Catastrophic Decline In Freshwater Biodiversity Requires Urgent Global Action

10 Sep 2020 by Staff - Water Diplomat
GENEVA, Switzerland

Humanity’s destruction of nature is having catastrophic impacts on wildlife populations, human health and all aspects of our lives, reveals WWF’s Living Planet Report 2020. This loss of biodiversity is not only an environmental issue but a development, economic, global security, ethical and moral one too. 
Global populations of mammals, birds, amphibians, reptiles and fish have suffered an average two-thirds decline in less than half a century due in large part to the very same environmental destruction that is contributing to the emergence of infectious diseases such as COVID-19, the report finds. Freshwater biodiversity is declining far faster than that in our oceans or forests. Almost 90 Percent of global wetlands have been lost since 1700 and global mapping has recently revealed the extent to which humans have altered millions of kilometres of rivers. These changes have had a profound impact on freshwater biodiversity and numbers of population trends for monitored freshwater species are falling steeply. Most of the declines are seen in freshwater amphibians, reptiles and fishes. And they’re seen all regions, particularly Latin America and the Caribbean.

Wildlife in freshwater habitats suffers starkest decline.

The Living Planet Index, one of the most comprehensive measures of global biodiversity, has tracked almost 21,000 populations of more than 4,000 vertebrate species between 1970 and 2016.

It shows that wildlife populations found in freshwater habitats have suffered a decline of 84 Percent. This is the starkest average population decline in any “biome”, which is a community of plants and animals that have common characteristics for the environment they exist in.

This is equivalent to 4 Percent per year since 1970. One example is the spawning population of the Chinese sturgeon in China’s Yangtze river, which declined by 97 Percent between 1982 and 2015 due to the damming of the waterway.

Stuart Orr, Leader of WWF’s Freshwater Practice, told OOSKAnews, “This catastrophic 84 Percent collapse in freshwater biodiversity is a clarion call for urgent global action because it proves that we are destroying the freshwater ecosystems that all our societies and economies depend on. “Healthy rivers, lakes and wetlands are our life support systems. They provide us with water, food, medicines and livelihoods as well as protect our cities and communities from extreme floods, droughts and storms. We cannot survive, let alone thrive without them, but they are the most threatened ecosystems on earth.”

But this decline in freshwater biodiversity is reversible

Humanity’s influence on the decline of nature is so great that scientists believe we are entering
 a new geological epoch called the “Anthropocene”, the period during which human activity has been the dominant influence on climate and the environment.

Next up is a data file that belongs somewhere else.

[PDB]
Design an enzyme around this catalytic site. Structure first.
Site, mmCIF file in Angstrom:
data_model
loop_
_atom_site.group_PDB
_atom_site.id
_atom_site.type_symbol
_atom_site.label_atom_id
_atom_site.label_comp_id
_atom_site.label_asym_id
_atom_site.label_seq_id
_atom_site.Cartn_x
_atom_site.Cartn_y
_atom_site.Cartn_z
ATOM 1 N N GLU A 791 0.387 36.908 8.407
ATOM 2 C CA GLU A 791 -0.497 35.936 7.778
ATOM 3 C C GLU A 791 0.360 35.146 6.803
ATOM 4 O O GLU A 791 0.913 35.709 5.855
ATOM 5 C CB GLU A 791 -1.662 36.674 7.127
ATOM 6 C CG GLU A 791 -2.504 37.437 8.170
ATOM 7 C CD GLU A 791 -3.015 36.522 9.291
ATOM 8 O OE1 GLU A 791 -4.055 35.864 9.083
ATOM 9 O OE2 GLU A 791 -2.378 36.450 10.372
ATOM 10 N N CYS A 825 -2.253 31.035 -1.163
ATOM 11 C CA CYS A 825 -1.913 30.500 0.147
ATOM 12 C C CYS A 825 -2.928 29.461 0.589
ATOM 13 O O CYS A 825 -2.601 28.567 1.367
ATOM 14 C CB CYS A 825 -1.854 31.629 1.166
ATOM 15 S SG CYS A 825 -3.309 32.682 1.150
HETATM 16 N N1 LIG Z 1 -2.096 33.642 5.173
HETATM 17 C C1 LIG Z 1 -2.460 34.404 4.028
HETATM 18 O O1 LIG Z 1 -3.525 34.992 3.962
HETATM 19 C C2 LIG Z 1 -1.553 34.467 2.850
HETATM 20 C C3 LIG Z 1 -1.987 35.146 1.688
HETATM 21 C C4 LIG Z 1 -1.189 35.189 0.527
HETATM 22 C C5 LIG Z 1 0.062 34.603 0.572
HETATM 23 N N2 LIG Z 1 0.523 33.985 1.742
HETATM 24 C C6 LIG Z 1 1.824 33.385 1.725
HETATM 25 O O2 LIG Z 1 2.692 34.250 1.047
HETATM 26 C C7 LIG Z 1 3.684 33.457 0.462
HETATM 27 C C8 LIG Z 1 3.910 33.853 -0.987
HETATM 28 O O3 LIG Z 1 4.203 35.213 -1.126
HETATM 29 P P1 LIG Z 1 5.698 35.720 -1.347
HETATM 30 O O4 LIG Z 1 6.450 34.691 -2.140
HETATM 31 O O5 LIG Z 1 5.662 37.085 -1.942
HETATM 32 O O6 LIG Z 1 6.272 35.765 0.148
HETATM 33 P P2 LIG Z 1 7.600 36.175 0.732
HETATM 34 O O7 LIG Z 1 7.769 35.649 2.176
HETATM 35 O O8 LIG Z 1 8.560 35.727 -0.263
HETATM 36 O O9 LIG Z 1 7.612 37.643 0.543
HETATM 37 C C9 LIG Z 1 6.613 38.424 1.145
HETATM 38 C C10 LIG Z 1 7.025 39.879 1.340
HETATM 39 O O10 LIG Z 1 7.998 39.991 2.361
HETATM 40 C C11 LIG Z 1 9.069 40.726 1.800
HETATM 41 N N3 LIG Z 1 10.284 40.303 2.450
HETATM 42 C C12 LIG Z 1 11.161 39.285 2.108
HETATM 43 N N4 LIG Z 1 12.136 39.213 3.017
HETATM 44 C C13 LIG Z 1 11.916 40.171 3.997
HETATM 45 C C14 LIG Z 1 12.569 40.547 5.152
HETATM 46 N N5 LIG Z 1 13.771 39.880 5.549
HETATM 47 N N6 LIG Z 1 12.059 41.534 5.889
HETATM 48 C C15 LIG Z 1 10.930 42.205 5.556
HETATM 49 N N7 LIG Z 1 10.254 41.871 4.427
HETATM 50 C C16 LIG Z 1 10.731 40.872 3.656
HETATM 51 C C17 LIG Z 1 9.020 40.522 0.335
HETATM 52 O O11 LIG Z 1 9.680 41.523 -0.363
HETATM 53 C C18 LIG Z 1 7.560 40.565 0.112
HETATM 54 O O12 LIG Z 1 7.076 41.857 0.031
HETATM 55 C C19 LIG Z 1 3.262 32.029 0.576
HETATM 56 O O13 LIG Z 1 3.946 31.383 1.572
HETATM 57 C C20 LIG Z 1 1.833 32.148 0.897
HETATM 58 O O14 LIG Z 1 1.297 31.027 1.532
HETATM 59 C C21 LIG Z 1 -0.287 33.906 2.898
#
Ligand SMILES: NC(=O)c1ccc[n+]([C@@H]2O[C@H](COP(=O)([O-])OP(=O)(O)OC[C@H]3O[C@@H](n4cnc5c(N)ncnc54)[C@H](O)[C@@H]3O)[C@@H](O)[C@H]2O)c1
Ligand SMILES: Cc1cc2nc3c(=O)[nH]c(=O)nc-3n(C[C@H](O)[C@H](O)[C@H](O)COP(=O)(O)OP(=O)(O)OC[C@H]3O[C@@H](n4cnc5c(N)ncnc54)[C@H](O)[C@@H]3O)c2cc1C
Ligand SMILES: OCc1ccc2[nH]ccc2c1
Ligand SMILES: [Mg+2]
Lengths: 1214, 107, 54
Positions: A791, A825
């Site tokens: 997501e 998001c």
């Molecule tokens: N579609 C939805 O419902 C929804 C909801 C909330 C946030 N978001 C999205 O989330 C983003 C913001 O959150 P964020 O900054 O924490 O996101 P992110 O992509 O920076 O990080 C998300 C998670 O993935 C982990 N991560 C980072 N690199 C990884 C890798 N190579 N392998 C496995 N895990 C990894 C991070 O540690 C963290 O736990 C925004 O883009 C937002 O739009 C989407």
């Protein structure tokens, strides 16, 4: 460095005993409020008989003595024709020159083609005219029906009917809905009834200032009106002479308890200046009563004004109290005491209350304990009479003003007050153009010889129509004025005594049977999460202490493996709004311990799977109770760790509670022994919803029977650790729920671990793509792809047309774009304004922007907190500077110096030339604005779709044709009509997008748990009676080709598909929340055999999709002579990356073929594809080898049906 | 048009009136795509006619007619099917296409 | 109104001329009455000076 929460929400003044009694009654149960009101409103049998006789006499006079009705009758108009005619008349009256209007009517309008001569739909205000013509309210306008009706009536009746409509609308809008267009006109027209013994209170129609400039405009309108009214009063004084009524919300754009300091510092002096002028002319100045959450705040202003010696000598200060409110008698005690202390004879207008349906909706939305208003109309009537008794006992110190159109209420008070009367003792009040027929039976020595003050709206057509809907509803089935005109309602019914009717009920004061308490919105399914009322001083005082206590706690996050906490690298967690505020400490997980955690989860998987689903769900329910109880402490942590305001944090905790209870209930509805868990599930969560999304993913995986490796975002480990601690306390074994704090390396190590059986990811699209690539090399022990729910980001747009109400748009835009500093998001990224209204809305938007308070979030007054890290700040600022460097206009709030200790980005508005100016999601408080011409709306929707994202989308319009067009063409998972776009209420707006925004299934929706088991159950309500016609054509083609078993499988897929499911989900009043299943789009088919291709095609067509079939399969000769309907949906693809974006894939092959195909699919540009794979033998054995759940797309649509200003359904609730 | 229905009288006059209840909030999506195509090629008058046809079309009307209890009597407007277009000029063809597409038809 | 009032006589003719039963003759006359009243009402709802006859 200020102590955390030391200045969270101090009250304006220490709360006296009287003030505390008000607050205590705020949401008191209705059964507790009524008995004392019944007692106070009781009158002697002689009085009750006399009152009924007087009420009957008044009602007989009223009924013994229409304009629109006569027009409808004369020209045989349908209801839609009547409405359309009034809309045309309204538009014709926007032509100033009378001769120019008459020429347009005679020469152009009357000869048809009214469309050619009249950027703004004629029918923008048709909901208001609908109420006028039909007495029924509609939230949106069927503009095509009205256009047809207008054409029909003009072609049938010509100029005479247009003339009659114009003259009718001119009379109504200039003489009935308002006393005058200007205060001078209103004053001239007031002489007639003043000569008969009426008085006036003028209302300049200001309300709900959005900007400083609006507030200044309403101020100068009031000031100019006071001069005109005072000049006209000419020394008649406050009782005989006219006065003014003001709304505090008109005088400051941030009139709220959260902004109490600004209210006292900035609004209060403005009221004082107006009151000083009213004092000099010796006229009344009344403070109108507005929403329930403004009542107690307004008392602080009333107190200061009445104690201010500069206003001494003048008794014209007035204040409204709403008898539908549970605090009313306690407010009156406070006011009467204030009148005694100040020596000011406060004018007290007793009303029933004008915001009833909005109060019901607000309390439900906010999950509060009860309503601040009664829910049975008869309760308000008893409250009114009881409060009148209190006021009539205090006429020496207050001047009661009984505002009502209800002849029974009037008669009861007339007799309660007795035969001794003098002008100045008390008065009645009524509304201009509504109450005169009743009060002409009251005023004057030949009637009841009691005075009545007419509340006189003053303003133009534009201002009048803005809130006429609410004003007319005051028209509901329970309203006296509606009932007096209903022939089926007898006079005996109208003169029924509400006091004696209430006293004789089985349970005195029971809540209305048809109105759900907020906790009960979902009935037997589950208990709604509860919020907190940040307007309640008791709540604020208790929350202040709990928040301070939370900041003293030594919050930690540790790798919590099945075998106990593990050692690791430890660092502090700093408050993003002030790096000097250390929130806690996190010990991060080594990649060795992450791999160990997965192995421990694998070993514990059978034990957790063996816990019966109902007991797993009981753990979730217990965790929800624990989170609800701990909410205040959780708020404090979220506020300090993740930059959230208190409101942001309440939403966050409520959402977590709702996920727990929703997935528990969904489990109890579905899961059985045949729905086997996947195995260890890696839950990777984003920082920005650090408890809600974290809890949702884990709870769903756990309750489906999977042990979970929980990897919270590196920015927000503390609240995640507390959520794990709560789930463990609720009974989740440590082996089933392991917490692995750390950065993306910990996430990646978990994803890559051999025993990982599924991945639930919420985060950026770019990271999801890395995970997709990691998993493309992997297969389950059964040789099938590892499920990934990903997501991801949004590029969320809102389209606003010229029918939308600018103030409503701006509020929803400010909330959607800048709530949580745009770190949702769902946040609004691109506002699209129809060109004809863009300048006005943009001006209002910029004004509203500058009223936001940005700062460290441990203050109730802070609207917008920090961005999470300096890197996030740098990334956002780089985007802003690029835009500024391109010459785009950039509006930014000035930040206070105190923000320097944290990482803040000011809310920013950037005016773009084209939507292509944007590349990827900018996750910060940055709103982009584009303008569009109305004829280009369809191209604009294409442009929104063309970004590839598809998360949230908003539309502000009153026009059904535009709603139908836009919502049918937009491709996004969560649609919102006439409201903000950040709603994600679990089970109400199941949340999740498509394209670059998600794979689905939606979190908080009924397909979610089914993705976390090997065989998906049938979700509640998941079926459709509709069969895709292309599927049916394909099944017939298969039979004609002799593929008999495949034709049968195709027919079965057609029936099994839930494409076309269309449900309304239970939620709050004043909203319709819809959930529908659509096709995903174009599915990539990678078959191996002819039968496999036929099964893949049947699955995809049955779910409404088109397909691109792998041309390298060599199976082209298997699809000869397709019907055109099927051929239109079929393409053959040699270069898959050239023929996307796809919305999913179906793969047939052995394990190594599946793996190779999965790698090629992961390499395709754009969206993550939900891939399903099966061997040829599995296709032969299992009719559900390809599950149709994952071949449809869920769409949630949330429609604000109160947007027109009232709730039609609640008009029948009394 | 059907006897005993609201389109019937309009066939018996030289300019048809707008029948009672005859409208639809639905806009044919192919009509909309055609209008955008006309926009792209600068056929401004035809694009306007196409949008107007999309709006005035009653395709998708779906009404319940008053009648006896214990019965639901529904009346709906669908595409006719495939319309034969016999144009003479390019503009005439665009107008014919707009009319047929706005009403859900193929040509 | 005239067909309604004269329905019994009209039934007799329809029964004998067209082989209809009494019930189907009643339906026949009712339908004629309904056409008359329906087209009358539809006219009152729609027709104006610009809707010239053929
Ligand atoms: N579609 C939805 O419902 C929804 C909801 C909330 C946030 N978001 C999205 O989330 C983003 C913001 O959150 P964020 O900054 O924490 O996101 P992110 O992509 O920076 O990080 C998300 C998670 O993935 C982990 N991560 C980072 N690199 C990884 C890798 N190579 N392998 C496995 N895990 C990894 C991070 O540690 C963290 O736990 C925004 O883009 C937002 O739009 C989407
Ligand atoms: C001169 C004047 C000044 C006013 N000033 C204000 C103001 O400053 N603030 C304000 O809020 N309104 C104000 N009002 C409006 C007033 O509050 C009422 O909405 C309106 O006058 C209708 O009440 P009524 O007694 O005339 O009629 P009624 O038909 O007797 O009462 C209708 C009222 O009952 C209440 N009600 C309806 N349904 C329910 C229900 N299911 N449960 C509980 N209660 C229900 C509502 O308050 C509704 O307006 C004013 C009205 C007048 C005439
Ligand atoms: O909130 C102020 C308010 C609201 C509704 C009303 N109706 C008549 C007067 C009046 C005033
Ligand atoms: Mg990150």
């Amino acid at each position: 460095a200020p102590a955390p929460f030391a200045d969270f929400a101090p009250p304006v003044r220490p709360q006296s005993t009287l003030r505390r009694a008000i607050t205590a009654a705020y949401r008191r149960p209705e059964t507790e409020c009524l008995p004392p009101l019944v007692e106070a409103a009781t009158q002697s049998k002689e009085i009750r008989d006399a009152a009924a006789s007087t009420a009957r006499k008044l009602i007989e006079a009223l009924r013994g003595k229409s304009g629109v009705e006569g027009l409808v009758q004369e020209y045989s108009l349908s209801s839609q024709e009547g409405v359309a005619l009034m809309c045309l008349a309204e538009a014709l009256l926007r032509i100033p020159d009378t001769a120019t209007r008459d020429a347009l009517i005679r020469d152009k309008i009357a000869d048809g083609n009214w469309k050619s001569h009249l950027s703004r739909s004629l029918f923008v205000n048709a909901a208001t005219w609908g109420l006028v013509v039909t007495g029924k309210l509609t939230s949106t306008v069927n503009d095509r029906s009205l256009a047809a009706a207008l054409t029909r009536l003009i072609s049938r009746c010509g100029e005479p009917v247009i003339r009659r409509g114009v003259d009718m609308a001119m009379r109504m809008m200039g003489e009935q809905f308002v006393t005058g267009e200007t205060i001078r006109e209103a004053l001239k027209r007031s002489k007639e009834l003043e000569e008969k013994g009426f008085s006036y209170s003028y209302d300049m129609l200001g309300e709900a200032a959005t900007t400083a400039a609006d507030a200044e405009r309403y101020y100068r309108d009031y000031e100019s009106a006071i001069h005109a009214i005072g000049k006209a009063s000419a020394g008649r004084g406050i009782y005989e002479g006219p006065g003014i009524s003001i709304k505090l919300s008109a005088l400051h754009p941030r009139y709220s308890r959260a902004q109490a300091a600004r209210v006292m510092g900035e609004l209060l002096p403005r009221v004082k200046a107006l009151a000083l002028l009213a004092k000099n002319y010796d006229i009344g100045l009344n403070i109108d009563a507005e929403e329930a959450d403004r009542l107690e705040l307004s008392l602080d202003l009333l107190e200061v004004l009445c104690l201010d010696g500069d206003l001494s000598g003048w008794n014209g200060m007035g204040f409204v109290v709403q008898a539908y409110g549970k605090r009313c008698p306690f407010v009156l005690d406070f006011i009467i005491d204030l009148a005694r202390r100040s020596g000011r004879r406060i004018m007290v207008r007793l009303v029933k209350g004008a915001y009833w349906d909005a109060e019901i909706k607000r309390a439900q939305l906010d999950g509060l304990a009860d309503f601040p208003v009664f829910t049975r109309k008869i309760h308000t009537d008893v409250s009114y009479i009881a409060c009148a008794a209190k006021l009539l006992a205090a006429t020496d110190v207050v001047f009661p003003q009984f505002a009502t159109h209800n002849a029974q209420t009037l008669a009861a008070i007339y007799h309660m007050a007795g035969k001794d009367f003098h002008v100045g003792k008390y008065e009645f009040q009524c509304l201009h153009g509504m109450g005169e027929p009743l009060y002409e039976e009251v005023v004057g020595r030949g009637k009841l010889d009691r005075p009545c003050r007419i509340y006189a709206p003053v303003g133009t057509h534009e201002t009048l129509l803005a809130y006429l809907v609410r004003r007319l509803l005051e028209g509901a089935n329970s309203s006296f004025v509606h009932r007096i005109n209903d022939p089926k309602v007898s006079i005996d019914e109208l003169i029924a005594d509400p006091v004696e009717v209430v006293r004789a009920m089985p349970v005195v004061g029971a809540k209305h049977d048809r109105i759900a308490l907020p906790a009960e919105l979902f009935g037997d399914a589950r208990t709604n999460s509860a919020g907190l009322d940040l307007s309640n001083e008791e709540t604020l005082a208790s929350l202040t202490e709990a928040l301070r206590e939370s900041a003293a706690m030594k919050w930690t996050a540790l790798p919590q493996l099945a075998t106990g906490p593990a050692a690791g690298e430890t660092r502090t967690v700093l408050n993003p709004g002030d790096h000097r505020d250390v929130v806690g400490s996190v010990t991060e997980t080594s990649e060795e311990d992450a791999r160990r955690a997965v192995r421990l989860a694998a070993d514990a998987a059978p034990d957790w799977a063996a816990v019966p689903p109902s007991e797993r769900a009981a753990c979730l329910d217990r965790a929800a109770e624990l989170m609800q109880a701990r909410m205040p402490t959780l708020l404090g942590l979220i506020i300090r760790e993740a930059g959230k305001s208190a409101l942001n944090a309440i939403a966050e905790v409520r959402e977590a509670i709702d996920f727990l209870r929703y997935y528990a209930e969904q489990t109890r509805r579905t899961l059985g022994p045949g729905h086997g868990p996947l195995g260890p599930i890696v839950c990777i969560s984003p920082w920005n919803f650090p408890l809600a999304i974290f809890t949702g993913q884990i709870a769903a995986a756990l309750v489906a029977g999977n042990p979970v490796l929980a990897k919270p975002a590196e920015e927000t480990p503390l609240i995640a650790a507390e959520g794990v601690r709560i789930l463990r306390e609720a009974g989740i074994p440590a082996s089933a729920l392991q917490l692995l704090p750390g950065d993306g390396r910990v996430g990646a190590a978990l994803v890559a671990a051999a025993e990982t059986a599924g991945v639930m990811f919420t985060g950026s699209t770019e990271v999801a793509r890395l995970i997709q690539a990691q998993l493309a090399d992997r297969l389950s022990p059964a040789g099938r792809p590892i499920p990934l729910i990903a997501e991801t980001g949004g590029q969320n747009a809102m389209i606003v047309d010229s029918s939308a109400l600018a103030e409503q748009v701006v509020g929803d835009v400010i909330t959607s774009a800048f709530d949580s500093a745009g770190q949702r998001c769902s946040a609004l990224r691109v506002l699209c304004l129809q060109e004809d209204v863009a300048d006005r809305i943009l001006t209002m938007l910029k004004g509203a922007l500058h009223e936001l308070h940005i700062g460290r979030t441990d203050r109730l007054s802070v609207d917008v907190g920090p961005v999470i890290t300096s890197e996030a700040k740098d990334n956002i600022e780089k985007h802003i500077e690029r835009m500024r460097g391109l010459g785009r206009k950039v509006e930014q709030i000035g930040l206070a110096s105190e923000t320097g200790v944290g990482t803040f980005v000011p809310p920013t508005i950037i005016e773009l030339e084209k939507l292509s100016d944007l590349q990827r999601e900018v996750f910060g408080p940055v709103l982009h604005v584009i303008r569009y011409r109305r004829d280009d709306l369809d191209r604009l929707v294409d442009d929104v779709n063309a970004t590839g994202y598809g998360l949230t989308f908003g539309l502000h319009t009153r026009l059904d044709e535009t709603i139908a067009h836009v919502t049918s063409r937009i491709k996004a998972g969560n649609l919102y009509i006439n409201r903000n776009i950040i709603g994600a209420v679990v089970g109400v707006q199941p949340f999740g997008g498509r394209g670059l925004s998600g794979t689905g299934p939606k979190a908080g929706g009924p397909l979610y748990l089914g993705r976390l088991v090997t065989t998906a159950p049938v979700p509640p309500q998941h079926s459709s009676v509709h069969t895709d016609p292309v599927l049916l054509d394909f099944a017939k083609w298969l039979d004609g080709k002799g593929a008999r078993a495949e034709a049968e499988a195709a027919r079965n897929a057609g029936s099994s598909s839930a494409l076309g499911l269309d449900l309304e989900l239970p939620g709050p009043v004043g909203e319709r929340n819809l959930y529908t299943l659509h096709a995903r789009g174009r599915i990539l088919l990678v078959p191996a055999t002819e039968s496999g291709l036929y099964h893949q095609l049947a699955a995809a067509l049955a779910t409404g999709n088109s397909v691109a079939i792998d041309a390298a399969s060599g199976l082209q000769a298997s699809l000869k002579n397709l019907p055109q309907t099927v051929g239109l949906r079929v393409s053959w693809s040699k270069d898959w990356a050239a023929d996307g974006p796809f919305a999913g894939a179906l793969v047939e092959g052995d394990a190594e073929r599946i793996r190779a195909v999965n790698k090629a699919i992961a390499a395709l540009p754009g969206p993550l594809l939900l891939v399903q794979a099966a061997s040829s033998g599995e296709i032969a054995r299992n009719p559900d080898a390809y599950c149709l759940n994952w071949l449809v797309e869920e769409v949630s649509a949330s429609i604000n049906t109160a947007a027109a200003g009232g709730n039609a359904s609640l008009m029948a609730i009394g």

“But we can halt and then reverse the decline in freshwater biodiversity. We don't need to conjure up new solutions, we need to urgently use scale up solutions that exist,” Stuart Orr continued.

“Governments need to implement the Emergency Recovery Plan for freshwater biodiversity; businesses need to adopt water stewardship; and investors need to redirect their money into sustainable bankable water projects that provide a return while also helping to restore freshwater ecosystems and build climate resilience.”

Biodiversity is key to the regulation of our climate, water quality, pollution, pollination services, flood control and storm surges.

“Companies and financial institutions cannot turn a blind eye to these latest shocking statistics. Collapsing freshwater biodiversity shows that our rivers, lakes and wetlands are dying - as short-sighted decision-makers continue to dam, drain and pollute them,” added Stuart Orr. “All of us will end up paying the price unless we act together to halt the losses.”

Concerted global action on nature is now critical

The report’s 10 September launch is less than a week away from the 75th session of the United Nations General Assembly, when leaders are expected to review the progress made on the Sustainable Development Goals, the Paris Agreement and the Convention on Biological Diversity.

“With leaders gathering virtually for the UN General Assembly in a few days’ time, this research can help us secure a New Deal for Nature and People, which will be key to the long-term survival of wildlife, plant and insect populations and the whole of nature, including humankind,” commented Marco Lambertini, Director General of WWF International.

Nature underpins all dimensions of human health and contributes on non-material levels that are central to people’s quality of life and cultural integrity, from inspiration and learning, physical and psychological experiences, to shaping our identities.

The report also includes pioneering modelling, which shows that without further efforts to counteract habitat loss and degradation, global biodiversity will continue to decline.

“A New Deal has never been needed more,” added Lambertini.